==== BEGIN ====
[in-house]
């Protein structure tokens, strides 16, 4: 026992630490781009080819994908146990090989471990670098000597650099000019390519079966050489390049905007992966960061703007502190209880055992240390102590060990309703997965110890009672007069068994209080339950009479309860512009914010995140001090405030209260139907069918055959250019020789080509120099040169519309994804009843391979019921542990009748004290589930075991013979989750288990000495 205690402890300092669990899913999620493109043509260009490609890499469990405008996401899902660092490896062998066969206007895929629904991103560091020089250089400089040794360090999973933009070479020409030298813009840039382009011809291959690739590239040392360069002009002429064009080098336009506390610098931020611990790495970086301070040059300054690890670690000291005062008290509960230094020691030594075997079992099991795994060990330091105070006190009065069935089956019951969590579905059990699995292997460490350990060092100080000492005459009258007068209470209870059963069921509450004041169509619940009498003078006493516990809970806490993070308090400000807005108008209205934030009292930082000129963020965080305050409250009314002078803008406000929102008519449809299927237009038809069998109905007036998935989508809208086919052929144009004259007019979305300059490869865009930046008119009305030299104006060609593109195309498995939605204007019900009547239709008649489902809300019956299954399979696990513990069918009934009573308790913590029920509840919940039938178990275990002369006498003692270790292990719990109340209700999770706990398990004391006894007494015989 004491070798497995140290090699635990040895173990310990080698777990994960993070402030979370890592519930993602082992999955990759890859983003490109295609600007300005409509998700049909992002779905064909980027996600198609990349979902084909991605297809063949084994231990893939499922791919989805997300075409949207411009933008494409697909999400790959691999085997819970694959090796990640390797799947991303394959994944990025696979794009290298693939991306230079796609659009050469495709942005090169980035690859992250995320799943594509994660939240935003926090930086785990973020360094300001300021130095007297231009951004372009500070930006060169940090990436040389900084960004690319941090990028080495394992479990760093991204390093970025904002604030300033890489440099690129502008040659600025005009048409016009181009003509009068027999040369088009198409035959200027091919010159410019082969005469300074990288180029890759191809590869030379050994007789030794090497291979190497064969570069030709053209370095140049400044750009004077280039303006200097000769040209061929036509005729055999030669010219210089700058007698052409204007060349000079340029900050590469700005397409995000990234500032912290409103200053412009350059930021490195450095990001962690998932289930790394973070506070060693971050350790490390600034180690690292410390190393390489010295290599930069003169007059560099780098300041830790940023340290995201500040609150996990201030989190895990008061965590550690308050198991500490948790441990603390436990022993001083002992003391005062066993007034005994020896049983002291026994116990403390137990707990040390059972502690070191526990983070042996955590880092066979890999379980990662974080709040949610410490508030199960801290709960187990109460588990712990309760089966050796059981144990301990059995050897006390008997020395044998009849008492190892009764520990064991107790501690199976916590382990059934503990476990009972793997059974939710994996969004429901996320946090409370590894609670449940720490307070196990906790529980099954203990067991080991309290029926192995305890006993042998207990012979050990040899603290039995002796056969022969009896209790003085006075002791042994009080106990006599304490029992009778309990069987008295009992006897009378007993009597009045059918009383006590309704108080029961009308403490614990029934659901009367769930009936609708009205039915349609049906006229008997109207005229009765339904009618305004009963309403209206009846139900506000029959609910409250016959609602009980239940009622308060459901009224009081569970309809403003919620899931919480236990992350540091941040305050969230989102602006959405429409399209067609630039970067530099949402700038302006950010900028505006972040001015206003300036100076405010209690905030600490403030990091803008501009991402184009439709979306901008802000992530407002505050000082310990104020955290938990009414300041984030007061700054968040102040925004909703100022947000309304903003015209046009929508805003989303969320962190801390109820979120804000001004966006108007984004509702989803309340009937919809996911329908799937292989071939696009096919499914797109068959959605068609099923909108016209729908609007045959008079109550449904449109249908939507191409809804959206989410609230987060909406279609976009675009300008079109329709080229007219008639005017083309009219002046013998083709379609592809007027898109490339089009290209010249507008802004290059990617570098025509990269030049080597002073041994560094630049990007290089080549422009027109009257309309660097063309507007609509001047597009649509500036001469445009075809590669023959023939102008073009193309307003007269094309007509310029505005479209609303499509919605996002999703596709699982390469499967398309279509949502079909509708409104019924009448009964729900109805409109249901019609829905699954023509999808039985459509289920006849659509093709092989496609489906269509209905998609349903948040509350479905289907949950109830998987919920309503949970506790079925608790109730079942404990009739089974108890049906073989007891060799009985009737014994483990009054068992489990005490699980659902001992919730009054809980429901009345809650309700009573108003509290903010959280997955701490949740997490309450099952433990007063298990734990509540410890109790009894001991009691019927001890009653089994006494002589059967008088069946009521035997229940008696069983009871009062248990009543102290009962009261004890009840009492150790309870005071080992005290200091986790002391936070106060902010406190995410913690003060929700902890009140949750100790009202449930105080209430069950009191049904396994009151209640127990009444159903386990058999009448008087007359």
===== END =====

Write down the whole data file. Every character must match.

[in-house]
């Protein structure tokens, strides 16, 4: 026992630490781009080819994908146990090989471990670098000597650099000019390519079966050489390049905007992966960061703007502190209880055992240390102590060990309703997965110890009672007069068994209080339950009479309860512009914010995140001090405030209260139907069918055959250019020789080509120099040169519309994804009843391979019921542990009748004290589930075991013979989750288990000495 205690402890300092669990899913999620493109043509260009490609890499469990405008996401899902660092490896062998066969206007895929629904991103560091020089250089400089040794360090999973933009070479020409030298813009840039382009011809291959690739590239040392360069002009002429064009080098336009506390610098931020611990790495970086301070040059300054690890670690000291005062008290509960230094020691030594075997079992099991795994060990330091105070006190009065069935089956019951969590579905059990699995292997460490350990060092100080000492005459009258007068209470209870059963069921509450004041169509619940009498003078006493516990809970806490993070308090400000807005108008209205934030009292930082000129963020965080305050409250009314002078803008406000929102008519449809299927237009038809069998109905007036998935989508809208086919052929144009004259007019979305300059490869865009930046008119009305030299104006060609593109195309498995939605204007019900009547239709008649489902809300019956299954399979696990513990069918009934009573308790913590029920509840919940039938178990275990002369006498003692270790292990719990109340209700999770706990398990004391006894007494015989 004491070798497995140290090699635990040895173990310990080698777990994960993070402030979370890592519930993602082992999955990759890859983003490109295609600007300005409509998700049909992002779905064909980027996600198609990349979902084909991605297809063949084994231990893939499922791919989805997300075409949207411009933008494409697909999400790959691999085997819970694959090796990640390797799947991303394959994944990025696979794009290298693939991306230079796609659009050469495709942005090169980035690859992250995320799943594509994660939240935003926090930086785990973020360094300001300021130095007297231009951004372009500070930006060169940090990436040389900084960004690319941090990028080495394992479990760093991204390093970025904002604030300033890489440099690129502008040659600025005009048409016009181009003509009068027999040369088009198409035959200027091919010159410019082969005469300074990288180029890759191809590869030379050994007789030794090497291979190497064969570069030709053209370095140049400044750009004077280039303006200097000769040209061929036509005729055999030669010219210089700058007698052409204007060349000079340029900050590469700005397409995000990234500032912290409103200053412009350059930021490195450095990001962690998932289930790394973070506070060693971050350790490390600034180690690292410390190393390489010295290599930069003169007059560099780098300041830790940023340290995201500040609150996990201030989190895990008061965590550690308050198991500490948790441990603390436990022993001083002992003391005062066993007034005994020896049983002291026994116990403390137990707990040390059972502690070191526990983070042996955590880092066979890999379980990662974080709040949610410490508030199960801290709960187990109460588990712990309760089966050796059981144990301990059995050897006390008997020395044998009849008492190892009764520990064991107790501690199976916590382990059934503990476990009972793997059974939710994996969004429901996320946090409370590894609670449940720490307070196990906790529980099954203990067991080991309290029926192995305890006993042998207990012979050990040899603290039995002796056969022969009896209790003085006075002791042994009080106990006599304490029992009778309990069987008295009992006897009378007993009597009045059918009383006590309704108080029961009308403490614990029934659901009367769930009936609708009205039915349609049906006229008997109207005229009765339904009618305004009963309403209206009846139900506000029959609910409250016959609602009980239940009622308060459901009224009081569970309809403003919620899931919480236990992350540091941040305050969230989102602006959405429409399209067609630039970067530099949402700038302006950010900028505006972040001015206003300036100076405010209690905030600490403030990091803008501009991402184009439709979306901008802000992530407002505050000082310990104020955290938990009414300041984030007061700054968040102040925004909703100022947000309304903003015209046009929508805003989303969320962190801390109820979120804000001004966006108007984004509702989803309340009937919809996911329908799937292989071939696009096919499914797109068959959605068609099923909108016209729908609007045959008079109550449904449109249908939507191409809804959206989410609230987060909406279609976009675009300008079109329709080229007219008639005017083309009219002046013998083709379609592809007027898109490339089009290209010249507008802004290059990617570098025509990269030049080597002073041994560094630049990007290089080549422009027109009257309309660097063309507007609509001047597009649509500036001469445009075809590669023959023939102008073009193309307003007269094309007509310029505005479209609303499509919605996002999703596709699982390469499967398309279509949502079909509708409104019924009448009964729900109805409109249901019609829905699954023509999808039985459509289920006849659509093709092989496609489906269509209905998609349903948040509350479905289907949950109830998987919920309503949970506790079925608790109730079942404990009739089974108890049906073989007891060799009985009737014994483990009054068992489990005490699980659902001992919730009054809980429901009345809650309700009573108003509290903010959280997955701490949740997490309450099952433990007063298990734990509540410890109790009894001991009691019927001890009653089994006494002589059967008088069946009521035997229940008696069983009871009062248990009543102290009962009261004890009840009492150790309870005071080992005290200091986790002391936070106060902010406190995410913690003060929700902890009140949750100790009202449930105080209430069950009191049904396994009151209640127990009444159903386990058999009448008087007359």